No holy grail in whole grains

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Cereal marketers waiting for a big upsurge related to the recent U.S. Department of Agriculture guidelines recommending more whole grains may be waiting a long time.

Despite General Mills' well-publicized announcement in early October that it would convert all its cereals, including kids' sugar cereals such as Cocoa Puffs and Lucky Charms, into whole-grain products and its launch of a subsequent full-scale ad push touting the change, the efforts have had little impact on the marketer's solid and stuck 31.5% share of the $6.1 billion category.

The shift also hasn't helped General Mills push through price hikes at retail, industry analysts argue, and the entire category-despite many players' pushes with a whole-grain message-is still stalled by age-old problems including growing private-label sales and continued consumer interest in more convenient breakfast options.


"Consumers haven't listened to USDA guidelines for the last 20 years, but will they this time around? I don't think so," says John Stanton, professor of food marketing at St. Joseph's University. Mr. Stanton says General Mills' addition of whole grains "is good for America's nutrition, but it will not make any appreciable difference in sales." He believes the relative difficulty of eating cereal vs. grabbing a breakfast bar is the category's real problem.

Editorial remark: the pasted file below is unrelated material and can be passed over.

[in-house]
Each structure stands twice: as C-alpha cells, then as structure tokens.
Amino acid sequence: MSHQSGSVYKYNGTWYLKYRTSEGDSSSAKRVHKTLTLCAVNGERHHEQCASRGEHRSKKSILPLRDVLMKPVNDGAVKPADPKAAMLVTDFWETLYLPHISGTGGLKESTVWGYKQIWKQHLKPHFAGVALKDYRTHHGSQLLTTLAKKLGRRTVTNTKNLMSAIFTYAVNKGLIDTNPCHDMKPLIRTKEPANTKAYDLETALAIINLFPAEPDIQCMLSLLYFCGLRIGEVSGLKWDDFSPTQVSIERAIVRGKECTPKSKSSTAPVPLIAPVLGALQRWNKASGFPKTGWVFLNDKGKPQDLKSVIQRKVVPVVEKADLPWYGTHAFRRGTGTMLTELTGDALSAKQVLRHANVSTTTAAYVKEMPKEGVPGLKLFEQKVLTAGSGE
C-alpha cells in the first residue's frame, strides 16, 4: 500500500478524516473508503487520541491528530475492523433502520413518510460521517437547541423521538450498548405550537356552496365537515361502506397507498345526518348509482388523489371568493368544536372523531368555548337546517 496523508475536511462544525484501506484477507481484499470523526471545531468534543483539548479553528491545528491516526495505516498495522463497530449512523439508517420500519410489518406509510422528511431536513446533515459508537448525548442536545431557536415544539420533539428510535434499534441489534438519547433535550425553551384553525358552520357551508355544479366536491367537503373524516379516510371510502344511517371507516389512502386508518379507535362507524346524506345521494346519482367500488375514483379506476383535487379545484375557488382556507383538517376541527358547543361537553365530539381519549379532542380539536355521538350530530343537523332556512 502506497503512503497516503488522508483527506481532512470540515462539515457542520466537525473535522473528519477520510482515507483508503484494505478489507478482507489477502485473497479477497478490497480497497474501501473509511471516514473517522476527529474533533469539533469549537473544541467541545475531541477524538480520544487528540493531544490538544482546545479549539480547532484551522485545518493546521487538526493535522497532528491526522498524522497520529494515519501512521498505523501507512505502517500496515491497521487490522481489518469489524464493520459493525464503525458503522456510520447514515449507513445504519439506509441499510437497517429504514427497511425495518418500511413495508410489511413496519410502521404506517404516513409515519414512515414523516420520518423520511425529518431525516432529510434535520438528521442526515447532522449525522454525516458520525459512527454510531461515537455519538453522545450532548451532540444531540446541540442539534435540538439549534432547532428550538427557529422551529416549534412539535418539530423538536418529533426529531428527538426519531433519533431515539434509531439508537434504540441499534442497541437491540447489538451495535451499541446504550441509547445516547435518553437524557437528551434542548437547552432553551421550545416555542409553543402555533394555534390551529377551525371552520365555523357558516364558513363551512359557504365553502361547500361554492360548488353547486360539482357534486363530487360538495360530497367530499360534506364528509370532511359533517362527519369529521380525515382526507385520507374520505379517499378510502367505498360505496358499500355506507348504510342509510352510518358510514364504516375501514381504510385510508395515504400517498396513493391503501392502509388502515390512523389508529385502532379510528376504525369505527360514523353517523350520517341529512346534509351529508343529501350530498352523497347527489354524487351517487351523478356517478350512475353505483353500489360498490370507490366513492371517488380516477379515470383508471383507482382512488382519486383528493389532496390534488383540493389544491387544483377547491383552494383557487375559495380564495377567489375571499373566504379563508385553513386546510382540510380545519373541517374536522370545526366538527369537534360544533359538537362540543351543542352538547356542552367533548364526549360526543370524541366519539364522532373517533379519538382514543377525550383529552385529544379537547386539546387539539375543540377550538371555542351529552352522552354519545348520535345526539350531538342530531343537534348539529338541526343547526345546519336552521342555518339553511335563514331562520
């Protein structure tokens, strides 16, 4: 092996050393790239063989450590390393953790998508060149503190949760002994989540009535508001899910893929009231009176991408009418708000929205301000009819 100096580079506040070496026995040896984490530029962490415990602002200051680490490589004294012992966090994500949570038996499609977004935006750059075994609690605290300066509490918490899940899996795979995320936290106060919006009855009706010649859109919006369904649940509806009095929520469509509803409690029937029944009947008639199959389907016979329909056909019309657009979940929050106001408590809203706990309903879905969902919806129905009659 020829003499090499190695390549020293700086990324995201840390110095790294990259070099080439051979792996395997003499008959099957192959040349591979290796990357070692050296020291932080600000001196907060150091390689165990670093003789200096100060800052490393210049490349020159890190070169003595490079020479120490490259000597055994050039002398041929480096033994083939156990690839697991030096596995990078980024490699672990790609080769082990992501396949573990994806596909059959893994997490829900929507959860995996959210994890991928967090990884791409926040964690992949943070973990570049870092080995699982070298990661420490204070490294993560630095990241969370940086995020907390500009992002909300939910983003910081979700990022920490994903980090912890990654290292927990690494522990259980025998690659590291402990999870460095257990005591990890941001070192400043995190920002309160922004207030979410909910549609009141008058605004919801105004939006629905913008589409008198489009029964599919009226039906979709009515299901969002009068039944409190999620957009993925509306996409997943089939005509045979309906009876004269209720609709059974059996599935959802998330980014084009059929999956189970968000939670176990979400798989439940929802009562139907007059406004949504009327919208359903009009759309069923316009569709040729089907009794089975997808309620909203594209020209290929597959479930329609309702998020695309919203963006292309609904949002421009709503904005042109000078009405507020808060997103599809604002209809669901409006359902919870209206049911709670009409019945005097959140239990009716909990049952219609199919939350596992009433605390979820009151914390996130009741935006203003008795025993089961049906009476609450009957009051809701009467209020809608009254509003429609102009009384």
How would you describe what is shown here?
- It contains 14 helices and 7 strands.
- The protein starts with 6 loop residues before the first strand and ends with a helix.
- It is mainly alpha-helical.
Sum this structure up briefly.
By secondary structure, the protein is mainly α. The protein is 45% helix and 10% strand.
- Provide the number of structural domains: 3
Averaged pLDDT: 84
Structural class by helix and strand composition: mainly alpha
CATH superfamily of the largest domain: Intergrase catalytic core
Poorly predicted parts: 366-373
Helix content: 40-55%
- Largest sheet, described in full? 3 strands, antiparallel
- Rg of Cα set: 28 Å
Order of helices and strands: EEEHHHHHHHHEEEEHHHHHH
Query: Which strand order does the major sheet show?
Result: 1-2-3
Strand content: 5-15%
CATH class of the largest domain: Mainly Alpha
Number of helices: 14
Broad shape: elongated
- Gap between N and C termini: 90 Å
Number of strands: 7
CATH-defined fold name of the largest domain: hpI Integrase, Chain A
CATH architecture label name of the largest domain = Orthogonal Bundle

Lehman Bros. analyst Andrew Lazar agrees, saying that various attempts to capitalize on health and wellness over the years have failed to help the category. "The whole-grain approach is moving in the right direction," he says, "but it is only one piece of an overall innovation strategy for Mills and the industry."

Some in the industry are still hopeful. Based on a recent consumer survey conducted by Bear Stearns, food analyst Terry Bivens wrote that "an increase in Americans' consumption of ready-to-eat cereals is at hand." Growth will be fueled by the USDA guidelines, he believes. As a result, Mr. Bivens recently upgraded the stocks of General Mills and Kellogg.

PepsiCo's Quaker likewise expects the new guidelines to boost its signature Quaker Oatmeal, which, a spokeswoman notes, "has been made with whole grain for 125 years."

To tout that fact, Quaker and sibling Tropicana are partnering in print ads that show how one can get halfway toward the new daily recommendation of whole grain and fruit by eating a bowl of oatmeal topped with fruit and drinking a glass of orange juice.

Kraft Foods' Post brand has pushed on the whole-grain varieties within its portfolio, among them Shredded Wheat, and flagged them on packaging as "rich in whole grain."

Kellogg, leader of the pack at 33.4% of market (when adding Kashi's 2.1% share to Kellogg's 31.3%), has touted that more than 50 of its cereals are made with whole grain, and has introduced new products, including Tiger Power, featuring whole grains as a selling point.

In the case of General Mills, Burt Flickinger, managing partner at Strategic Resource Group, says its whole-grain efforts may have had a slight positive effect but any uptick has been more than overshadowed by the marketer's record-high prices and inability to recapture share lost to Kellogg, in large part due to what he calls "spartan spending in media."

Grains are clearly not the Holy Grail.